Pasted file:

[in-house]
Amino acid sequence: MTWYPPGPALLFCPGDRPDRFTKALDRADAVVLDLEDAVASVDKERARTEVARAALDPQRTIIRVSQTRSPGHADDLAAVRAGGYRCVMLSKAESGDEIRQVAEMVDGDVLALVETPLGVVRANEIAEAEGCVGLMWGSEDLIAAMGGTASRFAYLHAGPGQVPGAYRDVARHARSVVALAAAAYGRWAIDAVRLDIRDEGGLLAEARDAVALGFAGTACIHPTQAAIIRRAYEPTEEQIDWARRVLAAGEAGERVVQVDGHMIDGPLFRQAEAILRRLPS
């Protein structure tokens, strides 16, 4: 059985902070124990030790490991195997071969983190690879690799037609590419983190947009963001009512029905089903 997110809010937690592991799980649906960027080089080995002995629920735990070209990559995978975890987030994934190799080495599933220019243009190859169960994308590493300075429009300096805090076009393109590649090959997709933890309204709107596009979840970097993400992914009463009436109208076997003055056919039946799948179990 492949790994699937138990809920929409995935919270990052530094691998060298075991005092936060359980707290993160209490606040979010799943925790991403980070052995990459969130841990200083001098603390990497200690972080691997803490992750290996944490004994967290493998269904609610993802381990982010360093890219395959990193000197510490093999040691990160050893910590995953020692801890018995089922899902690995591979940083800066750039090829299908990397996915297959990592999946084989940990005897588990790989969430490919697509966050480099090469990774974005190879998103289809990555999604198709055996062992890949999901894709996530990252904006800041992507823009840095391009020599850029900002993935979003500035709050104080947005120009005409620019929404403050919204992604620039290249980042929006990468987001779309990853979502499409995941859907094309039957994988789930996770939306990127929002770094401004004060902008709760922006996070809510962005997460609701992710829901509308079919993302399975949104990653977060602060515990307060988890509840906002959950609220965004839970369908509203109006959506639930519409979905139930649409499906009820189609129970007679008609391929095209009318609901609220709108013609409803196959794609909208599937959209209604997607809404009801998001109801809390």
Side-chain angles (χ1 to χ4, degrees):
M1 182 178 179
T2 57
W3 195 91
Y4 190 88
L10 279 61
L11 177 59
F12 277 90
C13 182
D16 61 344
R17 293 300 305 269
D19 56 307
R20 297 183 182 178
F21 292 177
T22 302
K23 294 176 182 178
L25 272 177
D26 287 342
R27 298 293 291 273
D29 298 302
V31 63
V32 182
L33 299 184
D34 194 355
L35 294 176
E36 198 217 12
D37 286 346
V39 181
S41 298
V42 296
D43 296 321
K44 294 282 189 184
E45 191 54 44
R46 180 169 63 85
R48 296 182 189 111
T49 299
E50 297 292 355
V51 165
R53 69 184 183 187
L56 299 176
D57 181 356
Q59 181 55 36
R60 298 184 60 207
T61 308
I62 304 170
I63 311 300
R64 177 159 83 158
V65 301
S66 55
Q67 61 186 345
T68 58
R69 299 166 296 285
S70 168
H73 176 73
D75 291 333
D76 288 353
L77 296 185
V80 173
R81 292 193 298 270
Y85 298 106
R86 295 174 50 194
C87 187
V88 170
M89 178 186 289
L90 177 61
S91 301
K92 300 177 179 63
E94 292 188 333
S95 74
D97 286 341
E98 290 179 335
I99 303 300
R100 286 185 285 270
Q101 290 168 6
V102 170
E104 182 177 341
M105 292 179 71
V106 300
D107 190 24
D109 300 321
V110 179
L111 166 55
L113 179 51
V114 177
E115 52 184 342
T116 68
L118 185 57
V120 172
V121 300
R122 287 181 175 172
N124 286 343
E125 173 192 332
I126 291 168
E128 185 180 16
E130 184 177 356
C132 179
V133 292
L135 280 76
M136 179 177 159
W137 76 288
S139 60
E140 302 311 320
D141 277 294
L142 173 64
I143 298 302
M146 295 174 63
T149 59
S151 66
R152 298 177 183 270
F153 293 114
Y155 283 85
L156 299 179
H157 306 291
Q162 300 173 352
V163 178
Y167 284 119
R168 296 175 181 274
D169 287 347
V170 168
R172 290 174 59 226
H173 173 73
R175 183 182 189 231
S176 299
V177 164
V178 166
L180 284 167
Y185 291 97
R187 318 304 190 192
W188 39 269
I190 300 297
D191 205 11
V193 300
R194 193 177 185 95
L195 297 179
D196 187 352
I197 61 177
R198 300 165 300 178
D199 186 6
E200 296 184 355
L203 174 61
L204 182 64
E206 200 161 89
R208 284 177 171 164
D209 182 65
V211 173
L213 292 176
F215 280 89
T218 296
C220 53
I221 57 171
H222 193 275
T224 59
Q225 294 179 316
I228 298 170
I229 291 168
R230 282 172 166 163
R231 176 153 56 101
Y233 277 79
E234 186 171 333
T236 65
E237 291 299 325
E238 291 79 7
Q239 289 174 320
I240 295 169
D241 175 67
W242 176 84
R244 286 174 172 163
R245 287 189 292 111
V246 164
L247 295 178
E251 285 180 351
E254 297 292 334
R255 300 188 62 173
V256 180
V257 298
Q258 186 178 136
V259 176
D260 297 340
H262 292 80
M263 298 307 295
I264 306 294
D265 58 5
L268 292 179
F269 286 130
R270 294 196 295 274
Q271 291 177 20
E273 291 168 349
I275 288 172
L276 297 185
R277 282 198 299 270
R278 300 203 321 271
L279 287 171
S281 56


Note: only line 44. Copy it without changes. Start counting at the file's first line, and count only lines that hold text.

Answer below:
D57 181 356